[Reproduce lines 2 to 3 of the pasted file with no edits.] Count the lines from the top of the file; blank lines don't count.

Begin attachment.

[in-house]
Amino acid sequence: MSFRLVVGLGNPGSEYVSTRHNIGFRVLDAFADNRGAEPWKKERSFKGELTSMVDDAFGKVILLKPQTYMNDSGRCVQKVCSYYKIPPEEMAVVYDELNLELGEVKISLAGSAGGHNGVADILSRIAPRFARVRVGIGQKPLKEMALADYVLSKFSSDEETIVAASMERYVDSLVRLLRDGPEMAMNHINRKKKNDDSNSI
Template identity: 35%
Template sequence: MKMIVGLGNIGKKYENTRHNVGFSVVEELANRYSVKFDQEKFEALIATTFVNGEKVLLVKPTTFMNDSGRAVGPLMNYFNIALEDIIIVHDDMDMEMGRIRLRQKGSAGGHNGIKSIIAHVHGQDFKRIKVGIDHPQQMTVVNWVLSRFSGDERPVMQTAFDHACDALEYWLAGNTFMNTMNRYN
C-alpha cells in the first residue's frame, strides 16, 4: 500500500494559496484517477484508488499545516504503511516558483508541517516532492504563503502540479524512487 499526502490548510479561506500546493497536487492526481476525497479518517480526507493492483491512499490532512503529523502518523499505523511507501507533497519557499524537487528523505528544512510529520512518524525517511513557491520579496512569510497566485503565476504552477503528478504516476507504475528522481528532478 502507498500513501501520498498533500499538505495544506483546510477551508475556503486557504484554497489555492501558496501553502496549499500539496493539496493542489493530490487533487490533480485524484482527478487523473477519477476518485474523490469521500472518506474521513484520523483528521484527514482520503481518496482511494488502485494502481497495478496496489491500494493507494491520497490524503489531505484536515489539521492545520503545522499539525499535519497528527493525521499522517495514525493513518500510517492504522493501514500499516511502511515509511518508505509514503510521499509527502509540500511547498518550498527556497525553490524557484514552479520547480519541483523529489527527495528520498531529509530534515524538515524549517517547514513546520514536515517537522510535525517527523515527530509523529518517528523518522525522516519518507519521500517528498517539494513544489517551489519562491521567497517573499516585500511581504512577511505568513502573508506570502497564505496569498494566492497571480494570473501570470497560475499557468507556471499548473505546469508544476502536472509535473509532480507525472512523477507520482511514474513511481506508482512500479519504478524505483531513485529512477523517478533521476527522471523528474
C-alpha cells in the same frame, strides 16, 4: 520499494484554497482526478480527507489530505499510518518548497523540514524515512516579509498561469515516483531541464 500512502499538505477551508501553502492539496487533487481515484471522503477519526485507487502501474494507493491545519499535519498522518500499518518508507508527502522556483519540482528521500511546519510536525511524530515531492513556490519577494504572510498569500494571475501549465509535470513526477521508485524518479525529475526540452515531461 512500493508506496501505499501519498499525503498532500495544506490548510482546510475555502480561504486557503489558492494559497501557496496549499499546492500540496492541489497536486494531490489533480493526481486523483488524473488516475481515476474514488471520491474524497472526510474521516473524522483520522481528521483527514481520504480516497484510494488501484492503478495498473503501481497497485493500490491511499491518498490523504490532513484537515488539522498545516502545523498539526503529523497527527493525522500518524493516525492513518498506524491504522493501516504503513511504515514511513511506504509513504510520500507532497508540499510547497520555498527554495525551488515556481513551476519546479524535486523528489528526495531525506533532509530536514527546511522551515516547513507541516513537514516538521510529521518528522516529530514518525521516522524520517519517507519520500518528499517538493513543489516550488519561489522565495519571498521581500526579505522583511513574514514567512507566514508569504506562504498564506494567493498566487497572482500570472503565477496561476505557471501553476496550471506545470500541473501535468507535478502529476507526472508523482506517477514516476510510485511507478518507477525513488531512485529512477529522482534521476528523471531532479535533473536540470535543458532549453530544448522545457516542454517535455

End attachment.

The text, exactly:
Amino acid sequence: MSFRLVVGLGNPGSEYVSTRHNIGFRVLDAFADNRGAEPWKKERSFKGELTSMVDDAFGKVILLKPQTYMNDSGRCVQKVCSYYKIPPEEMAVVYDELNLELGEVKISLAGSAGGHNGVADILSRIAPRFARVRVGIGQKPLKEMALADYVLSKFSSDEETIVAASMERYVDSLVRLLRDGPEMAMNHINRKKKNDDSNSI
Template identity: 35%